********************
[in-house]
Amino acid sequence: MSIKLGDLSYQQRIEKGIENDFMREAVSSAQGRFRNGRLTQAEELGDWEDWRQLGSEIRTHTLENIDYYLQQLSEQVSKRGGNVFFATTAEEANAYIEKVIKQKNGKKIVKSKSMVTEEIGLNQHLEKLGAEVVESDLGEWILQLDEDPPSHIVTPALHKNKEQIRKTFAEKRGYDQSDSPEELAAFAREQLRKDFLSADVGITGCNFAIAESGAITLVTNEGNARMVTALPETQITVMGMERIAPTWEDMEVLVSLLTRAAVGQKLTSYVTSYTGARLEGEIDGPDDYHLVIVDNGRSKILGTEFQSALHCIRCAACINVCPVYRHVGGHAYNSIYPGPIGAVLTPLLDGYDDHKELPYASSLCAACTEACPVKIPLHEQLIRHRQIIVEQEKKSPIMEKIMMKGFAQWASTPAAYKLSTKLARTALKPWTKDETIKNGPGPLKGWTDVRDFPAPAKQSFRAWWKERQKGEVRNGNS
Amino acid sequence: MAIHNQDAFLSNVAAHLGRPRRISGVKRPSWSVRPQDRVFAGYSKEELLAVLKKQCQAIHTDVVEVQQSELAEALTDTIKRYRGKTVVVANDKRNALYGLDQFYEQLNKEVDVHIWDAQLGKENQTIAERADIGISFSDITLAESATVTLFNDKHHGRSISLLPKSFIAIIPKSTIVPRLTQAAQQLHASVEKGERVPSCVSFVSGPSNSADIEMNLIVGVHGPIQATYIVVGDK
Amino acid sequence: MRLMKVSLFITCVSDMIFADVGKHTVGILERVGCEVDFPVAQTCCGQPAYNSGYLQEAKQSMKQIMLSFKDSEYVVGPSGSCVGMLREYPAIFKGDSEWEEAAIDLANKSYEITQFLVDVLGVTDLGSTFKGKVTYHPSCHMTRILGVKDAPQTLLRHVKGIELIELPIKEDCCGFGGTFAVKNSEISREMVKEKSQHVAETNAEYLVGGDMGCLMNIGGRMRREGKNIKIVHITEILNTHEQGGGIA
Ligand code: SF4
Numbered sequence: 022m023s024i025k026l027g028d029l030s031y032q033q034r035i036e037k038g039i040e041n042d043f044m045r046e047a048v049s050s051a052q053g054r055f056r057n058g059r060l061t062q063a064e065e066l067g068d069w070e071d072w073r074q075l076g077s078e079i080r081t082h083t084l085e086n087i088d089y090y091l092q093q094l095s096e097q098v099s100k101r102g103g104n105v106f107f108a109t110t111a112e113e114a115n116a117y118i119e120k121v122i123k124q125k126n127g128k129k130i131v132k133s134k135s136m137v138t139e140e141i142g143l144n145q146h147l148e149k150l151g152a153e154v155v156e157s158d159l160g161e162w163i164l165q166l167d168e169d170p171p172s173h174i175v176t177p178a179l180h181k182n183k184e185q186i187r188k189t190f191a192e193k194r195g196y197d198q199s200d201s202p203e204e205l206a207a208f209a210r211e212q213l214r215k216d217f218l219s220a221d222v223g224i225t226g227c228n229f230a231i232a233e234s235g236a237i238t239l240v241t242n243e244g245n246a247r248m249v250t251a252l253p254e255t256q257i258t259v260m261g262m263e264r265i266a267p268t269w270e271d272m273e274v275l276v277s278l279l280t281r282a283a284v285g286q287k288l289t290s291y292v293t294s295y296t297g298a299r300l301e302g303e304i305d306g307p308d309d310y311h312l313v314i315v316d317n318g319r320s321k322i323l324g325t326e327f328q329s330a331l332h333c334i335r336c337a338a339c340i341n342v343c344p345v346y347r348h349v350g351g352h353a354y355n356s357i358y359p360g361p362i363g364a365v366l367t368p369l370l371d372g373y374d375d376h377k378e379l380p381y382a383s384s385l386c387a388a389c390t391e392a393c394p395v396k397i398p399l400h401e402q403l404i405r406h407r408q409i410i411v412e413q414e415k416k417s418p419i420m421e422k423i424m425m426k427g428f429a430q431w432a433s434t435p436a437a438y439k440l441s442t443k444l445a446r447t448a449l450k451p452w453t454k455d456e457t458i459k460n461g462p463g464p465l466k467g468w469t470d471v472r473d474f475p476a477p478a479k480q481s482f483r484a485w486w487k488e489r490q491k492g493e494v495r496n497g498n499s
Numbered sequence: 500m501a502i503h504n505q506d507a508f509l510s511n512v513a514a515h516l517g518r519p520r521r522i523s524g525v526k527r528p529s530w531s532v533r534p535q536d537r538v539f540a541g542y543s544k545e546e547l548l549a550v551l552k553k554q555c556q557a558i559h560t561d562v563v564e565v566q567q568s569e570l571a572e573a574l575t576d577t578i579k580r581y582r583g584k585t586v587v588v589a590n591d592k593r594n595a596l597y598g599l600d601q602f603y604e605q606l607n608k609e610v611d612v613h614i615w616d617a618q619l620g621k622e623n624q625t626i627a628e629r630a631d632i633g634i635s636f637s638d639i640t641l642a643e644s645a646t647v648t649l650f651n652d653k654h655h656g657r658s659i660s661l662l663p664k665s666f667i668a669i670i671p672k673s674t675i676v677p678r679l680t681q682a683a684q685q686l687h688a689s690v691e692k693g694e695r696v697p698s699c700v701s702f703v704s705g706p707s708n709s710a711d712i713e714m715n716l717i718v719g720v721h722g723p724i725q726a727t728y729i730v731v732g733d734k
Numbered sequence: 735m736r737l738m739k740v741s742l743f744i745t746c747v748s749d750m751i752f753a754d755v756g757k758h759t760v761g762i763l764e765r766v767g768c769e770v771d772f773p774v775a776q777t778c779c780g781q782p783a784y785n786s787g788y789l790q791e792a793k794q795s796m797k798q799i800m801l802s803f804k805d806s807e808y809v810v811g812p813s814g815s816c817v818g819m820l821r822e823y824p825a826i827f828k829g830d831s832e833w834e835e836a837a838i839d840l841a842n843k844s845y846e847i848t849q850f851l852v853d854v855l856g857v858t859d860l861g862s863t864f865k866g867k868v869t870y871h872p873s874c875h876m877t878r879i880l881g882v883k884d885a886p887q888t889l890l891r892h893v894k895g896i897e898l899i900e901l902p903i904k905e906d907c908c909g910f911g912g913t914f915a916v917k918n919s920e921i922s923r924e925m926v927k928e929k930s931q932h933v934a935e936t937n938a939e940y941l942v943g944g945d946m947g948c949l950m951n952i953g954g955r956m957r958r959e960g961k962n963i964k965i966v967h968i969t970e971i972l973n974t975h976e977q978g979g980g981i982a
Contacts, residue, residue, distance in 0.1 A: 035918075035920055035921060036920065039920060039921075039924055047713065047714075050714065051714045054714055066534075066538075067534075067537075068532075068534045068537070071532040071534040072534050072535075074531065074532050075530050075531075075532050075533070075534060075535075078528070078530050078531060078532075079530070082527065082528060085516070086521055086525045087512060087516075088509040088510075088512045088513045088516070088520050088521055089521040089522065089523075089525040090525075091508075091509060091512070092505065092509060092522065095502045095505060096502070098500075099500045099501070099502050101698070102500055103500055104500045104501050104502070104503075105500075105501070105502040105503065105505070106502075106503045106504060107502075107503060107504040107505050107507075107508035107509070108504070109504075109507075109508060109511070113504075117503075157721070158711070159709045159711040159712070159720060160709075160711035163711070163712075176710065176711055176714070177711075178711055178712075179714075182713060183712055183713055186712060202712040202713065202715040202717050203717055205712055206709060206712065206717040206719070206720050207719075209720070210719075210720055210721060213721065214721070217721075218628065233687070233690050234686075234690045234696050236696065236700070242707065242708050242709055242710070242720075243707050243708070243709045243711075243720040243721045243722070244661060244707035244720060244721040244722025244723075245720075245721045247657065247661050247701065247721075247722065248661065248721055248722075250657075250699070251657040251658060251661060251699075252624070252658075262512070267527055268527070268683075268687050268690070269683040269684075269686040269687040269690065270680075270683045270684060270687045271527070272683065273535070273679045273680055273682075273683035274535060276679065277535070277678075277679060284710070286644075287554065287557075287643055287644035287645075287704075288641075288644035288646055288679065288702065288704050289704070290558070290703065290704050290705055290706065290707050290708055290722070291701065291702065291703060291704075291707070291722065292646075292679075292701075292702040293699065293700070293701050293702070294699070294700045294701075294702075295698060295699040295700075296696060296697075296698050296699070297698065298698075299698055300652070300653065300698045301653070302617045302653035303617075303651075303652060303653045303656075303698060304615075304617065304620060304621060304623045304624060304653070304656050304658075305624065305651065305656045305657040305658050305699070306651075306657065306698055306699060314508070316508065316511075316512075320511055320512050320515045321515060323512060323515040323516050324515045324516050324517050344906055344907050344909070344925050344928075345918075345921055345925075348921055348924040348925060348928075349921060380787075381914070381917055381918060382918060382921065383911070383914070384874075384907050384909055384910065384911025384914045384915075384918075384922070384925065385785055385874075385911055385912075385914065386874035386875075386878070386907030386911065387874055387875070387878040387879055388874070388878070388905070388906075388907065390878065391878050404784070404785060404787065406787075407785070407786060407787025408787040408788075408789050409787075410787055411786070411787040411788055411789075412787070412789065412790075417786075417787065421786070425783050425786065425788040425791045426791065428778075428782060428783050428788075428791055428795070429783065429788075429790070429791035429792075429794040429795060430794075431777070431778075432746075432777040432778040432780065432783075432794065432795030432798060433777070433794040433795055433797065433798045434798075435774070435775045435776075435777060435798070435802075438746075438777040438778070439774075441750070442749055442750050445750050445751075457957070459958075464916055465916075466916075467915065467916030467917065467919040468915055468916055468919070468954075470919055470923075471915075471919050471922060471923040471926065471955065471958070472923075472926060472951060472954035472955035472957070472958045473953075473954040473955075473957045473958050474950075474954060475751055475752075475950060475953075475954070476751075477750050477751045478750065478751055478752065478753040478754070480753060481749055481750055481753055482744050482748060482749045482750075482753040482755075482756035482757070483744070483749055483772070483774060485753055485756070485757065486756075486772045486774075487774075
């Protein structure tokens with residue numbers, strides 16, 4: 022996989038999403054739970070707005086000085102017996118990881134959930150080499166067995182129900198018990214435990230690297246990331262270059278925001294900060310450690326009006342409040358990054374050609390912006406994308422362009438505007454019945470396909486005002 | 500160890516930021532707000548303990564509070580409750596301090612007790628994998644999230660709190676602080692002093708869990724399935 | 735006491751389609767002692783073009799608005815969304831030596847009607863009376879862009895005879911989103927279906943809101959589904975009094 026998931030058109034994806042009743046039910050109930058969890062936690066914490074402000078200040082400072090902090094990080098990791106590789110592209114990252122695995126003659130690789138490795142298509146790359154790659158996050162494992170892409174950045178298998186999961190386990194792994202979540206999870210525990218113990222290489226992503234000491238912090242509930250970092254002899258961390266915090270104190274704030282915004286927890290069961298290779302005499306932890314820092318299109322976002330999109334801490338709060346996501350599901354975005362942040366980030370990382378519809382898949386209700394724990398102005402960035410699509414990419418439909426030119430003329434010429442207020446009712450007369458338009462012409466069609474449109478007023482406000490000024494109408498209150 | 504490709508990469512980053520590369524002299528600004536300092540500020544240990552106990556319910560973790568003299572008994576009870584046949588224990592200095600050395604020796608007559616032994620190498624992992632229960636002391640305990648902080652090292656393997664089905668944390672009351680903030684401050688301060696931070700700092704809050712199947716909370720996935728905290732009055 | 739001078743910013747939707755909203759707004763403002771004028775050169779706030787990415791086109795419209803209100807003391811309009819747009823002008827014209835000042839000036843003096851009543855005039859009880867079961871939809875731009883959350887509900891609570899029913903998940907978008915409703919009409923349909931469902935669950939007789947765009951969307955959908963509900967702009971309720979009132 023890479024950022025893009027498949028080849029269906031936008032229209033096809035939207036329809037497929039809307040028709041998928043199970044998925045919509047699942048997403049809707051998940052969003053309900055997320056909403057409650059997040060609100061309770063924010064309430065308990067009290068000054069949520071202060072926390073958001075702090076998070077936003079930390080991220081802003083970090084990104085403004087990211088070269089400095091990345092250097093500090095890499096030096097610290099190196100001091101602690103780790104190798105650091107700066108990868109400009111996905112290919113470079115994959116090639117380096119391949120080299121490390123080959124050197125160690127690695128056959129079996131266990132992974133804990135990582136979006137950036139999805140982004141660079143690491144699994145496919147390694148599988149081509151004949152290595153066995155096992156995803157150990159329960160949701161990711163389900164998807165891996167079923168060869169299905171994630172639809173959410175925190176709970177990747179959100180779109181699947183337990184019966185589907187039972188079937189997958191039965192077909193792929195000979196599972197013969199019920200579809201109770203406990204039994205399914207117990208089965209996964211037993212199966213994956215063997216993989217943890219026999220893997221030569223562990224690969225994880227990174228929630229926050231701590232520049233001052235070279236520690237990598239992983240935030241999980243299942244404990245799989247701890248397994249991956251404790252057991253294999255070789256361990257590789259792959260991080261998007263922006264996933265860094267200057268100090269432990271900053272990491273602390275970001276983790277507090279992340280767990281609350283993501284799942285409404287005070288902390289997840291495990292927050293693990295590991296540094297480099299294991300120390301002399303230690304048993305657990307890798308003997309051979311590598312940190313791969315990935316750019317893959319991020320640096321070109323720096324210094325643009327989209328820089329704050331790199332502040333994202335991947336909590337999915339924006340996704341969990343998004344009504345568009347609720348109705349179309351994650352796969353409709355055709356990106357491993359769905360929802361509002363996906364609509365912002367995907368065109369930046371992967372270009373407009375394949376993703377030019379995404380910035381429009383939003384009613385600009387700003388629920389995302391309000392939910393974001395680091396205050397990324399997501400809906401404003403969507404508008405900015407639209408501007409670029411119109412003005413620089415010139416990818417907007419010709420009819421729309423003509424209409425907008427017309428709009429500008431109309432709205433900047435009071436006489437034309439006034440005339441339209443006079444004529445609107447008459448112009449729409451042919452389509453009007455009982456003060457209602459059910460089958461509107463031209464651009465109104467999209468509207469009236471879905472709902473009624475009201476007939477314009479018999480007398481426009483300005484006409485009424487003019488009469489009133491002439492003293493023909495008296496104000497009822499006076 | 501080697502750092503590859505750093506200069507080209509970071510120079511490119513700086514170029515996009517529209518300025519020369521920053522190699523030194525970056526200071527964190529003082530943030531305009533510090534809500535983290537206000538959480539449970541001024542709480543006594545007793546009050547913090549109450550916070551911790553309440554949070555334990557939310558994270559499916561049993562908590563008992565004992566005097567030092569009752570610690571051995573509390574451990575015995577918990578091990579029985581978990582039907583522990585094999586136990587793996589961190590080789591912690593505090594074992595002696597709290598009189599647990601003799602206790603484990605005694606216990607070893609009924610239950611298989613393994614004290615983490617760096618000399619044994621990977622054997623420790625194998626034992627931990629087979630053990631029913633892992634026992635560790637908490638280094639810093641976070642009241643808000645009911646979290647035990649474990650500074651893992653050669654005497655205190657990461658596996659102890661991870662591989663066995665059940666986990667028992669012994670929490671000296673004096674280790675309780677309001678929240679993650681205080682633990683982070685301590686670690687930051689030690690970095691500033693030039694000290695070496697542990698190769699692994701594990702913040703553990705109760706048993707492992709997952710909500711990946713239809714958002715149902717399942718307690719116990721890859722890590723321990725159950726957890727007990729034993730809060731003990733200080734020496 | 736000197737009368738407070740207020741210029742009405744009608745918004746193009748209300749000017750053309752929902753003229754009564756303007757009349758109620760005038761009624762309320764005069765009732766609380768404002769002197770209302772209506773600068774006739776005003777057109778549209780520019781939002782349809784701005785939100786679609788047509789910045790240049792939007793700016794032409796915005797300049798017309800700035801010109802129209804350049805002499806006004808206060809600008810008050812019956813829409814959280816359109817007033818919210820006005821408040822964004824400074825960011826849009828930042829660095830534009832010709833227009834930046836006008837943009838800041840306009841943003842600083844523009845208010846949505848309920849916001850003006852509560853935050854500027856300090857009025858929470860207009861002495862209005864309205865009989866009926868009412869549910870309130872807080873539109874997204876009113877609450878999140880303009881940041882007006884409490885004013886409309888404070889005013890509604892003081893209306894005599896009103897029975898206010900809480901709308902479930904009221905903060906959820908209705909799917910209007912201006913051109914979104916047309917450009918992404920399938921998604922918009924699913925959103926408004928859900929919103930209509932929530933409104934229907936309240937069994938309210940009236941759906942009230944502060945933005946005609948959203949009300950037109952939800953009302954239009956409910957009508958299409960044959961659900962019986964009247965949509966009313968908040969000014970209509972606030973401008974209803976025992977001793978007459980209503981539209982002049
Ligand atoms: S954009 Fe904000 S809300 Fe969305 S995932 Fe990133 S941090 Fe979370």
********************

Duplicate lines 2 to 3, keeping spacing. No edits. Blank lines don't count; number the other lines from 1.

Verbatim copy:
Amino acid sequence: MSIKLGDLSYQQRIEKGIENDFMREAVSSAQGRFRNGRLTQAEELGDWEDWRQLGSEIRTHTLENIDYYLQQLSEQVSKRGGNVFFATTAEEANAYIEKVIKQKNGKKIVKSKSMVTEEIGLNQHLEKLGAEVVESDLGEWILQLDEDPPSHIVTPALHKNKEQIRKTFAEKRGYDQSDSPEELAAFAREQLRKDFLSADVGITGCNFAIAESGAITLVTNEGNARMVTALPETQITVMGMERIAPTWEDMEVLVSLLTRAAVGQKLTSYVTSYTGARLEGEIDGPDDYHLVIVDNGRSKILGTEFQSALHCIRCAACINVCPVYRHVGGHAYNSIYPGPIGAVLTPLLDGYDDHKELPYASSLCAACTEACPVKIPLHEQLIRHRQIIVEQEKKSPIMEKIMMKGFAQWASTPAAYKLSTKLARTALKPWTKDETIKNGPGPLKGWTDVRDFPAPAKQSFRAWWKERQKGEVRNGNS
Amino acid sequence: MAIHNQDAFLSNVAAHLGRPRRISGVKRPSWSVRPQDRVFAGYSKEELLAVLKKQCQAIHTDVVEVQQSELAEALTDTIKRYRGKTVVVANDKRNALYGLDQFYEQLNKEVDVHIWDAQLGKENQTIAERADIGISFSDITLAESATVTLFNDKHHGRSISLLPKSFIAIIPKSTIVPRLTQAAQQLHASVEKGERVPSCVSFVSGPSNSADIEMNLIVGVHGPIQATYIVVGDK